Acute glanders in man

Acute glanders in man

August, xg0~] Acute Glanders in Man 735 THE QUALIFICATION OF INSPECTOI~S OF MIDWIVEs.--The following communication from the Royal Sanitary Institut...

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August, xg0~]

Acute Glanders in Man

735

THE QUALIFICATION OF INSPECTOI~S OF MIDWIVEs.--The following communication from the Royal Sanitary Institute has been considered by the British ~l[edieal Association, viz. :-" U n d e r the ]Hidwives Act a large number of midwives are applying for registration, and in many places Inspectors of Midwives are being appointed. " I t is felt that in addition to their qualifications for their special duties, midwives, and more especially Inspectors of Midwives, should have a knowledge of household sanitation, and the evils arising from insanitary conditions, and how such conditions, when they exist, can be remedied. " I n many instances those applying for the office of Inspector of Midwives have obtained the certificate of competency granted by the Royal Sanitary Institute as Inspectors of Nuisances, and this has been recognized as a useful qualification for the purpose referred to. " If you have issued any statement regarding this knowledge, or recognized this certificate as a qualification, I should be much obliged if you would kindly let me know." It was resolved :-" That it be recommended that the Sanitary Institute be informed that the Association disapproves of the appointment of lay persons as Inspectors of Midwives, except under the direct supervision of registered medicaI practitioners, and that this opinion be also communicated to the central Midwives Board.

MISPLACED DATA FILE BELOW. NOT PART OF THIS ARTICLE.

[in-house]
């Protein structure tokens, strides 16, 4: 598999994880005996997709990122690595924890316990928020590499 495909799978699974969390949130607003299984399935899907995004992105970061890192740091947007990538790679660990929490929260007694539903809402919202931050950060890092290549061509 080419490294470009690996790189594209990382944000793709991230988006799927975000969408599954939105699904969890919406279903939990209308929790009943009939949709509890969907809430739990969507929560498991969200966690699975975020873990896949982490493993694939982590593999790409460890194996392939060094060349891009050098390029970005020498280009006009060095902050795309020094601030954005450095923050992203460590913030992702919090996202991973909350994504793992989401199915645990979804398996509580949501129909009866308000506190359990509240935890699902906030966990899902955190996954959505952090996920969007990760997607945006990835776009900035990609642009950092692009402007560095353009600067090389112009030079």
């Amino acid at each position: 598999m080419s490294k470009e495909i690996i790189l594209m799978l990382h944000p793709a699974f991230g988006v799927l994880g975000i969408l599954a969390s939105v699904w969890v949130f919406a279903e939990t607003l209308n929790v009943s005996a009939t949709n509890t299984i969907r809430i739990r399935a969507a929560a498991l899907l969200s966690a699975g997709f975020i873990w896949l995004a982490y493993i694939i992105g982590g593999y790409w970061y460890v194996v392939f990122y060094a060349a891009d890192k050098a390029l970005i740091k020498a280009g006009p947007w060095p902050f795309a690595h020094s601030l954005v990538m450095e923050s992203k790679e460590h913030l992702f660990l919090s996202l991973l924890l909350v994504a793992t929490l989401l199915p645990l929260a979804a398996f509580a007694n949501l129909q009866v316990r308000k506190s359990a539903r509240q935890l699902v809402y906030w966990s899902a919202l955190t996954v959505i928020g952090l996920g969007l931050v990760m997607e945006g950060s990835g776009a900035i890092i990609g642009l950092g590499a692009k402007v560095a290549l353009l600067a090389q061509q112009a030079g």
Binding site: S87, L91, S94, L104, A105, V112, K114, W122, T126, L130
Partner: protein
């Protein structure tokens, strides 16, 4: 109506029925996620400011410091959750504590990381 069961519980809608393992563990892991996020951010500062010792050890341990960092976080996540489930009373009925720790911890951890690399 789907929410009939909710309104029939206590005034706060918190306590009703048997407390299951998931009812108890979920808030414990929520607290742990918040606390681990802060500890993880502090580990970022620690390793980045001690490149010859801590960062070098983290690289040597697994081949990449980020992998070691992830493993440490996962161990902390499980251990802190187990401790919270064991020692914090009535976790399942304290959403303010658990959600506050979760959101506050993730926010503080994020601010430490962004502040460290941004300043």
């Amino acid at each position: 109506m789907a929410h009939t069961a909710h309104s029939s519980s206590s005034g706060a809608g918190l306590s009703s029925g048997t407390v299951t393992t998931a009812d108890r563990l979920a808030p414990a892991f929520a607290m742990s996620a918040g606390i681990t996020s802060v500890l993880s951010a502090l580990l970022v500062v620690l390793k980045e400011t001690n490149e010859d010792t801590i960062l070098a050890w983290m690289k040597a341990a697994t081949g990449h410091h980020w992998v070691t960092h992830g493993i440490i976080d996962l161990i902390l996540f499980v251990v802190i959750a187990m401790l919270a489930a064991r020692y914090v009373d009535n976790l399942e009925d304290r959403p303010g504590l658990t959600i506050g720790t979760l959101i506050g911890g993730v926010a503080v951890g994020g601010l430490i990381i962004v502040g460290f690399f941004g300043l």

ACUTE GLANDERS IN MAN. EVEN in the horse the chronic form of glanders, popularly known as farcy, is of more frequent occurrence than the acute, and the use of mullein has shown that the disease may long exist latent and clinically unrecognizable, but in man the acute form is stil! rarer. It is, however, so intensely fatal, and attended by such horrible symptoms, that the utmost caution should be observed in making post-mortem examinations, and indeed they ought not to be undertaken without absolute necessity, and attempts to save the hide for its pecuniary value ought to be strictly prohibited. In the Spitalul, vol. xxiv. p. 349, is a report of a case in the person of a veterinary surgeon who had made a post-mortem examination of a horse that had died of glanders, by Drs. Bucaloglu and Stoicescu, of Buearest. After he had completed the operation he discovered a small cut on the index finger of his right hand, which he at once cauterized freely, and no local symptoms appeared. But on the 19th day he was seized with fever, loss of appetite, and pains in various parts, especially in the right supra-spinal region. The fever and prostration increased rapidly, dullness was early felt over the apex of the right lung, followed by fine moist r£1es ; severe pain and tenderness in the muscles in various parts indicated the formation of deepseated abscesses, while a pustular eruption, varioloid in appearance, broke out over the whole body, and later the skin became deeply jaundiced. The pus from the eruption and from the abscesses contained enormous numbers of the characteristic bacilli of glanders. Death supervened within a week. The autopsy showed hepatization of the right lung with a large gangrenous abscess therein, and others in the liver and muscles, but neither in the hand nor in the lymphatic glands of the axilla of that side were any changes to be seen. The poison had evidently entered the circulation direct, giving rise to a general septic py~mia.